Our financial year ended on the 31 January 2020 with over 30% turnover growth over the previous year…profits had also grown accordingly…a company that we had bought in Bristol the previous year was ready to start being developed, plans for the company to achieve platinum accreditation with Investors in People were in hand and our hopes for the coming year were looking very rosy indeed…
Throughout February 2020 there had many murmurings about this flu-like virus that was doing the rounds in Asia…nothing more than a bad cold seemed to be the mantra that was being said…I was supposed to have had a holiday last October, but unfortunately my sister had developed dementia and I had to find her a suitable care home and start the process of selling her house. In the second week of February I said to my partner that a holiday was needed, and we duly found a two-centre Caribbean holiday in Grenada and Bequia. We had a management meeting on Tuesday 3rd March and various jokes were still being bandied around about this virus…I went away the next day, which seemed to be the catalyst for all hell to break loose in the UK with toilet roll shortages (there were no shortages in the little Caribbean supermarkets, which I was only too happy to send back Facebook statuses about), social distancing, and the need for disinfecting office door handles and telephones…I returned to work on Friday 20th March and Boris announced the lockdown on the following Monday.
We immediately told all staff to stay at home while the management teams began getting advice and planned how to work during the lockdown. We unfortunately had three new members of staff who had started work on 1st March and so were not eligible for furlough – their contracts had to be immediately terminated. We arranged with our computer and communications companies to ensure that that essential administration staff and managers could log into our desktops remotely and that telephone calls could be handled efficiently. Our PR and website teams went into rapid action getting out messages to our customers.
Our trade association, the British Pest Control Association, had been working very hard in the background to ensure that we had the correct and most up-to-date advice, and they were lobbying the Government to make pest control a key worker industry – and they were successful. Once we had an understanding of what we could and could not do, we stopped all routine pest prevention work at non-essential properties. We asked for furlough volunteers and achieved the 55% of staff we needed in this way (we also had some staff with medical conditions, who had received Government letters instructing them to isolate for 12 weeks). Our service management team worked hard to ensure that full personal protective equipment (PPE) stocks were being held by all working staff.
It soon became clear to us that, for many domestic properties, what would normally be an annoyance was suddenly a serious problem. I suppose our perspectives changes when we are stuck indoors for 23 hours a day. While we can normally ignore a few clothes moths flying around in the morning before work and just as you go to bed, when you are seeing them all day, or you constantly hear squirrels or rats in your loft, this can become an issue that will affect mental health.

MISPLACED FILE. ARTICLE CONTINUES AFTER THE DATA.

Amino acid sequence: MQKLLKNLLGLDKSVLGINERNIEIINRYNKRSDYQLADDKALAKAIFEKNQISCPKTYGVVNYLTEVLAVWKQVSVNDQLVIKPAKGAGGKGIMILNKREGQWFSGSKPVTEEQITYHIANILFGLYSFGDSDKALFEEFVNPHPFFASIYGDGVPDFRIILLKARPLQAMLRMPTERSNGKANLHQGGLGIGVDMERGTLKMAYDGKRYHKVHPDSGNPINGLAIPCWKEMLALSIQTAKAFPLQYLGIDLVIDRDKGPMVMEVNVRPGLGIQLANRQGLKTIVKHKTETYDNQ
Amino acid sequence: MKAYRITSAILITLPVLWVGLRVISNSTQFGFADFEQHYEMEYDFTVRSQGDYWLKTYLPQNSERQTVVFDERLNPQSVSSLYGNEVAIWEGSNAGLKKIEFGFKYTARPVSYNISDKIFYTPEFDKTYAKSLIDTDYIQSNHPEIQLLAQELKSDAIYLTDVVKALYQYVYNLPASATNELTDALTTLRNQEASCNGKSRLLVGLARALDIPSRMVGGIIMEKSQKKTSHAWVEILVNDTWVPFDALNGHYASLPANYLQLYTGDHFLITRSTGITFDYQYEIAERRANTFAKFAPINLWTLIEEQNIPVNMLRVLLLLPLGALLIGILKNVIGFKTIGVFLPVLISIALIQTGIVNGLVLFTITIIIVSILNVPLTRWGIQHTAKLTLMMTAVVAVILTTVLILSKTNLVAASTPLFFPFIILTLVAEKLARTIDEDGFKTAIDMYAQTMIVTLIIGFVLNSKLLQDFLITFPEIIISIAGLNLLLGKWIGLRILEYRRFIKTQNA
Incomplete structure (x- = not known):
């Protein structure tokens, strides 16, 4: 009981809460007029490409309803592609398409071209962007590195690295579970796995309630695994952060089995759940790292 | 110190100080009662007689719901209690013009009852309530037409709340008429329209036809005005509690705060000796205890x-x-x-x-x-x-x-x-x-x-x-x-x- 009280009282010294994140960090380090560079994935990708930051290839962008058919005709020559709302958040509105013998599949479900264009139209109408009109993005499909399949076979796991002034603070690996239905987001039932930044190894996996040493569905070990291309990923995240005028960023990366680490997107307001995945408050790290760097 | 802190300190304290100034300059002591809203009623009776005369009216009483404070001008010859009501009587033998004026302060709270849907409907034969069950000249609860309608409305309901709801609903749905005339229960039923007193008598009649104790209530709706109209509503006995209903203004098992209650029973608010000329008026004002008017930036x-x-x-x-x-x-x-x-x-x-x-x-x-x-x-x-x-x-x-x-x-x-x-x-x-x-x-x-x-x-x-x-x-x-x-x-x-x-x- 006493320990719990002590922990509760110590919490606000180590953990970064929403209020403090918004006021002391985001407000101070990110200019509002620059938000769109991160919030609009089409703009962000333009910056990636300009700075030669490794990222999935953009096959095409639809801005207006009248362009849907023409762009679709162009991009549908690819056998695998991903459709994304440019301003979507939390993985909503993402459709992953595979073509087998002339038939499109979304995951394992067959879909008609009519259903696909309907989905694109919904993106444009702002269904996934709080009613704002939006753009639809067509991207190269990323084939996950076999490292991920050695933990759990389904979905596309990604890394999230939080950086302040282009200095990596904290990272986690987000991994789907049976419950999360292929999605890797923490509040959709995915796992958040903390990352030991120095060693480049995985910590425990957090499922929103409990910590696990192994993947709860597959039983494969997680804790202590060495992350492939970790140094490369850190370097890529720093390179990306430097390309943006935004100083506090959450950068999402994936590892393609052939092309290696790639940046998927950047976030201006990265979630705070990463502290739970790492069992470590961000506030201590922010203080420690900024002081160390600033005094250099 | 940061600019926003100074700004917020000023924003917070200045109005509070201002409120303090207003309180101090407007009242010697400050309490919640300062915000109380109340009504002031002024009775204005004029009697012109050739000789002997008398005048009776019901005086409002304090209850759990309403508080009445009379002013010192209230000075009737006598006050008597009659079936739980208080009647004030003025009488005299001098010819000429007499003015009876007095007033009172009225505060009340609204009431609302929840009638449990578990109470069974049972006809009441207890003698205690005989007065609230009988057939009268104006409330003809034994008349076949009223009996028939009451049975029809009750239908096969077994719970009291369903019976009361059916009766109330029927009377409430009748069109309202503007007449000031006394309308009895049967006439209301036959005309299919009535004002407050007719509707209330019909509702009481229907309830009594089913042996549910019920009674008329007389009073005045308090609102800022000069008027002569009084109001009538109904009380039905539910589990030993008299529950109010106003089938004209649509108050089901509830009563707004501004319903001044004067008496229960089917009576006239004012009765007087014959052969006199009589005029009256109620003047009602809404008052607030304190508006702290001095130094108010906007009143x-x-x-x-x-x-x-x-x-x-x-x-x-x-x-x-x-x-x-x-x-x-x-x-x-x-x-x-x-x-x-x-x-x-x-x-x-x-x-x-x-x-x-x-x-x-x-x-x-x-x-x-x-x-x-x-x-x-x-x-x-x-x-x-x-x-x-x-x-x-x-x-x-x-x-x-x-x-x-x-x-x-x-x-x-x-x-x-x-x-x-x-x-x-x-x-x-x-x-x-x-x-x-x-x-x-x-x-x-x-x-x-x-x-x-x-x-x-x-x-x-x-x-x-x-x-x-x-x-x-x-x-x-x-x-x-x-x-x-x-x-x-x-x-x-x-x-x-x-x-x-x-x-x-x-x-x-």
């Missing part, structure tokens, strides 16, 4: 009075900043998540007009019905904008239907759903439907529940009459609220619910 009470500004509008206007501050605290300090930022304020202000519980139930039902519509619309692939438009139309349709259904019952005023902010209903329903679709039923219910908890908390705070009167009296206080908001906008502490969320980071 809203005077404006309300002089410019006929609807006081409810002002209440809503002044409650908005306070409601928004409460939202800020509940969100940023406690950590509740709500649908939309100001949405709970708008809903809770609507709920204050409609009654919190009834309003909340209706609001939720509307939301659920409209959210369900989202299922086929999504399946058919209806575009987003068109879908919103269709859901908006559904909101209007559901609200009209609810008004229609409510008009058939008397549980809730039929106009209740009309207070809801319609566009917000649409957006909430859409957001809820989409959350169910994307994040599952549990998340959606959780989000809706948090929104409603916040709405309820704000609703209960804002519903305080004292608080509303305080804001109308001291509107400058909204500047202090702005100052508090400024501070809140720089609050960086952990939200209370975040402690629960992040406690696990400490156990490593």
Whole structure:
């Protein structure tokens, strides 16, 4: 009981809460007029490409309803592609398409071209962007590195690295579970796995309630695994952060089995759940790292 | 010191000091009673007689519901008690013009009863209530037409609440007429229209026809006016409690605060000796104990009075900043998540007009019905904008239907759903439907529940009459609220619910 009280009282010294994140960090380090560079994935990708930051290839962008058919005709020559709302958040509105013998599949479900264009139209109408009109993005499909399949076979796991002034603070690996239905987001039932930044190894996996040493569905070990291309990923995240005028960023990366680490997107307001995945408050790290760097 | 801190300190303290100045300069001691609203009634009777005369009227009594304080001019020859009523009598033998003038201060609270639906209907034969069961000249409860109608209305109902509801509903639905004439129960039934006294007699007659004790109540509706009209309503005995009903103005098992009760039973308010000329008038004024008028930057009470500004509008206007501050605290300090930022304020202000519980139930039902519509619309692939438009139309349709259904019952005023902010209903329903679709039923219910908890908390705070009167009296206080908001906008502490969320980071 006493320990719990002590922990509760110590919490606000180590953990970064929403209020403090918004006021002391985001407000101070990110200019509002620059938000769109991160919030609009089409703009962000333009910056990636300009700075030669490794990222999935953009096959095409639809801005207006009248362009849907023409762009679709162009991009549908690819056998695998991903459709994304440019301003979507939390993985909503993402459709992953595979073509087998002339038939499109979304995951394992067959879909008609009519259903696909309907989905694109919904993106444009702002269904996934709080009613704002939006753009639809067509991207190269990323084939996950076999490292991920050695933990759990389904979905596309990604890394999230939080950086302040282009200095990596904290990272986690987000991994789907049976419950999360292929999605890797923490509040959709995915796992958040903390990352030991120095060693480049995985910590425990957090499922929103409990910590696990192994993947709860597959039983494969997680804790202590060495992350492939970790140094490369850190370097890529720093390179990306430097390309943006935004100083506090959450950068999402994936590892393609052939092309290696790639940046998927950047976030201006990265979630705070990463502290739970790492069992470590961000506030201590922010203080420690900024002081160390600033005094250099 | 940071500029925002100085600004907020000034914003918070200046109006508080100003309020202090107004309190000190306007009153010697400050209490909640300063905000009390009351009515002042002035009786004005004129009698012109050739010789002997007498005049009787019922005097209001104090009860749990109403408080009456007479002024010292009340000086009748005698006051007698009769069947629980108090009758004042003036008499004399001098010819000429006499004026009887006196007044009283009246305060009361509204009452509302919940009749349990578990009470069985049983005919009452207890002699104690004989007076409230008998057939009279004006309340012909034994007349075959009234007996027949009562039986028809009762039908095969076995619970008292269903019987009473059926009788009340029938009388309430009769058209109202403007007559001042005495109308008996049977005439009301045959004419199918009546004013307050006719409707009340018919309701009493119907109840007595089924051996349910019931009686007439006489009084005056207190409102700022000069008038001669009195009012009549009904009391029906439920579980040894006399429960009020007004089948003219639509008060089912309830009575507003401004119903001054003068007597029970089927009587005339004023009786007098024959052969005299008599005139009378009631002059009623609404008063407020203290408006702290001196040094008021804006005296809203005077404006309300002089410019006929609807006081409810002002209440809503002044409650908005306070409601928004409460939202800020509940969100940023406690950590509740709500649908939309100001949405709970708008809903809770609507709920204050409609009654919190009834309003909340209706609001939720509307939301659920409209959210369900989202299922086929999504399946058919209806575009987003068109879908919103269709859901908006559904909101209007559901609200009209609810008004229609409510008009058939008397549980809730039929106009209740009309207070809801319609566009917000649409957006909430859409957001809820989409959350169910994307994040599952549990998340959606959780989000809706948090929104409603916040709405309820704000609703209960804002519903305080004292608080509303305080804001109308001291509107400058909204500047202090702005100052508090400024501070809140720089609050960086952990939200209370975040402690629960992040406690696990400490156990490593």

To protect our employees and comply with social distancing guidance, we trained all our working service staff to conduct full risk assessment questionnaires before entering any property. This covered areas such as social distancing and whether anyone in the property had shown COVID-19 symptoms. If they had, we could not treat the property. In addition, all visits had to be via prior appointment and full PPE had to be worn on all sites. As business owners, our primary concern has to be the health and safety of our staff, customers, all our families, and the communities in which we operate.
The Government furlough money was processed very quickly for our April pay run. We have been told that we have been accepted for a business continuity loan which will secure our business for the next 12 months. We are awaiting the local authority rates grant which again we have been told has been authorised.
As an industry we are very much a hidden service until there is a problem. Most people do not realise that every office block, every factory, every trading estate has a preventive pest control contract in order to stop a problem occurring. Over 75% of our work is prevention rather than cure. By way of example, the food production industry cannot work without effective pest control and, in hospitals, there would be a far greater risk of disease if we were not controlling rats, mice, cockroaches and pest birds. As the lockdown eases, we are getting more and more calls about mice who have obviously been enjoying our peaceful empty offices and shops – especially where food was left on desks and in drawers!
As the weeks go on, we are slowly bringing back staff to carry out essential services and to answer telephone enquiries. We are not out of the woods yet, and there may still be some hard decisions to make in the coming weeks, but there is definitely light at the end of the tunnel and it is no longer an oncoming train!